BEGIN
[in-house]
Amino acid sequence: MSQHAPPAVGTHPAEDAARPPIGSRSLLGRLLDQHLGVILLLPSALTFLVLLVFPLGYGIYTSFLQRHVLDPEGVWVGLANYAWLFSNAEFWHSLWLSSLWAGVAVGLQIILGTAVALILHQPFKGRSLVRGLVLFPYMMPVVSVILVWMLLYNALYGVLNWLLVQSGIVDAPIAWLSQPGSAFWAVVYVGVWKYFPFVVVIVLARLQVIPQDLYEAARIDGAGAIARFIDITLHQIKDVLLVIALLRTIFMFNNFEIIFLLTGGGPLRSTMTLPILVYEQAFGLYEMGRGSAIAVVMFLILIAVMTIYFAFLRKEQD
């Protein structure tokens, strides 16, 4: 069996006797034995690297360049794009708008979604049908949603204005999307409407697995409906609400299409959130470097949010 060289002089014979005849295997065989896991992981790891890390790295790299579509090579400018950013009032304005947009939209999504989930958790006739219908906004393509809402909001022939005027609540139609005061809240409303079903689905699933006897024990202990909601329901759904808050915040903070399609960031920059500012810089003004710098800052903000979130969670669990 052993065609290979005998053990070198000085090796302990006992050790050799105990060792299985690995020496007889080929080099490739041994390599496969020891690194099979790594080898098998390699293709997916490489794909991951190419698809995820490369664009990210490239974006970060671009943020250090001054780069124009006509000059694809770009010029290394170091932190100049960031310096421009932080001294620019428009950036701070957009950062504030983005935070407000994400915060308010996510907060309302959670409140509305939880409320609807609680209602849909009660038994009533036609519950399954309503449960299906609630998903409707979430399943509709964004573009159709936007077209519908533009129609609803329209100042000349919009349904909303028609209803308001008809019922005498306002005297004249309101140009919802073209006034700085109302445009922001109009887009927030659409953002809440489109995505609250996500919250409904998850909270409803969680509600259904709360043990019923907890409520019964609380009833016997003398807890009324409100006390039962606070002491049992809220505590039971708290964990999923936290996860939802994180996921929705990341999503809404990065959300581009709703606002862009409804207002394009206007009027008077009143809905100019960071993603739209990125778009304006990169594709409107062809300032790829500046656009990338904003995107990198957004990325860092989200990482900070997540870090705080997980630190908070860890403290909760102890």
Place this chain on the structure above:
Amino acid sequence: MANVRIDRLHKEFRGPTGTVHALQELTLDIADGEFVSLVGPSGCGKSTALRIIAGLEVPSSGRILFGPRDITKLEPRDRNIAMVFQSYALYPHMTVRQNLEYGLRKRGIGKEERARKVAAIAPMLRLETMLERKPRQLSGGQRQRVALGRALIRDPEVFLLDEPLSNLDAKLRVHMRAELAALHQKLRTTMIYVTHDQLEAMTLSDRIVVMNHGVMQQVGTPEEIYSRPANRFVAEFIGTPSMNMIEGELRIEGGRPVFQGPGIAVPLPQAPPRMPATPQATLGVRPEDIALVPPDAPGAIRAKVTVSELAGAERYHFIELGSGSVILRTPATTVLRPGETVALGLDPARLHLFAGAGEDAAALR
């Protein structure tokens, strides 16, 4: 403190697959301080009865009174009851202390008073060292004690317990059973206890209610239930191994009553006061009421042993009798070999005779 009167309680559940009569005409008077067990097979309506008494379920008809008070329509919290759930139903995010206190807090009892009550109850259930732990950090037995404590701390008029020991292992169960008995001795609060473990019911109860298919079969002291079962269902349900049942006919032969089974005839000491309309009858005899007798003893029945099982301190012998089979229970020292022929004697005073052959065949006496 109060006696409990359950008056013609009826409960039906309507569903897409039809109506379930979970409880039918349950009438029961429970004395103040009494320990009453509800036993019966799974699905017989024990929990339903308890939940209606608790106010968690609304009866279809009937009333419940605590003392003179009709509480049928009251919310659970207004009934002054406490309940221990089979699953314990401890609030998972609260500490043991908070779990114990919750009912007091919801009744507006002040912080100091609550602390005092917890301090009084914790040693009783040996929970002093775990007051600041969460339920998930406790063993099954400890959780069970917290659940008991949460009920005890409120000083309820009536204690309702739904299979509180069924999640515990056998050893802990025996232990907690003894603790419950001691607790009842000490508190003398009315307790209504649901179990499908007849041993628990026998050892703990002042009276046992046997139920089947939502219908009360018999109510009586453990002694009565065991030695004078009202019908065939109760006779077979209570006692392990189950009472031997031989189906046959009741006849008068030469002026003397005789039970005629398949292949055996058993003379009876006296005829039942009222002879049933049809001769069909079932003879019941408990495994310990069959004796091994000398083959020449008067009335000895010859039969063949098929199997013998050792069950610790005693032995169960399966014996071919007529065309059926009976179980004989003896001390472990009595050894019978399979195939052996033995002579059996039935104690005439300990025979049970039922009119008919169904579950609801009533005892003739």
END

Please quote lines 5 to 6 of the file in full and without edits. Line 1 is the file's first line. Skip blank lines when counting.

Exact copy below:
Amino acid sequence: MANVRIDRLHKEFRGPTGTVHALQELTLDIADGEFVSLVGPSGCGKSTALRIIAGLEVPSSGRILFGPRDITKLEPRDRNIAMVFQSYALYPHMTVRQNLEYGLRKRGIGKEERARKVAAIAPMLRLETMLERKPRQLSGGQRQRVALGRALIRDPEVFLLDEPLSNLDAKLRVHMRAELAALHQKLRTTMIYVTHDQLEAMTLSDRIVVMNHGVMQQVGTPEEIYSRPANRFVAEFIGTPSMNMIEGELRIEGGRPVFQGPGIAVPLPQAPPRMPATPQATLGVRPEDIALVPPDAPGAIRAKVTVSELAGAERYHFIELGSGSVILRTPATTVLRPGETVALGLDPARLHLFAGAGEDAAALR
């Protein structure tokens, strides 16, 4: 403190697959301080009865009174009851202390008073060292004690317990059973206890209610239930191994009553006061009421042993009798070999005779 009167309680559940009569005409008077067990097979309506008494379920008809008070329509919290759930139903995010206190807090009892009550109850259930732990950090037995404590701390008029020991292992169960008995001795609060473990019911109860298919079969002291079962269902349900049942006919032969089974005839000491309309009858005899007798003893029945099982301190012998089979229970020292022929004697005073052959065949006496 109060006696409990359950008056013609009826409960039906309507569903897409039809109506379930979970409880039918349950009438029961429970004395103040009494320990009453509800036993019966799974699905017989024990929990339903308890939940209606608790106010968690609304009866279809009937009333419940605590003392003179009709509480049928009251919310659970207004009934002054406490309940221990089979699953314990401890609030998972609260500490043991908070779990114990919750009912007091919801009744507006002040912080100091609550602390005092917890301090009084914790040693009783040996929970002093775990007051600041969460339920998930406790063993099954400890959780069970917290659940008991949460009920005890409120000083309820009536204690309702739904299979509180069924999640515990056998050893802990025996232990907690003894603790419950001691607790009842000490508190003398009315307790209504649901179990499908007849041993628990026998050892703990002042009276046992046997139920089947939502219908009360018999109510009586453990002694009565065991030695004078009202019908065939109760006779077979209570006692392990189950009472031997031989189906046959009741006849008068030469002026003397005789039970005629398949292949055996058993003379009876006296005829039942009222002879049933049809001769069909079932003879019941408990495994310990069959004796091994000398083959020449008067009335000895010859039969063949098929199997013998050792069950610790005693032995169960399966014996071919007529065309059926009976179980004989003896001390472990009595050894019978399979195939052996033995002579059996039935104690005439300990025979049970039922009119008919169904579950609801009533005892003739």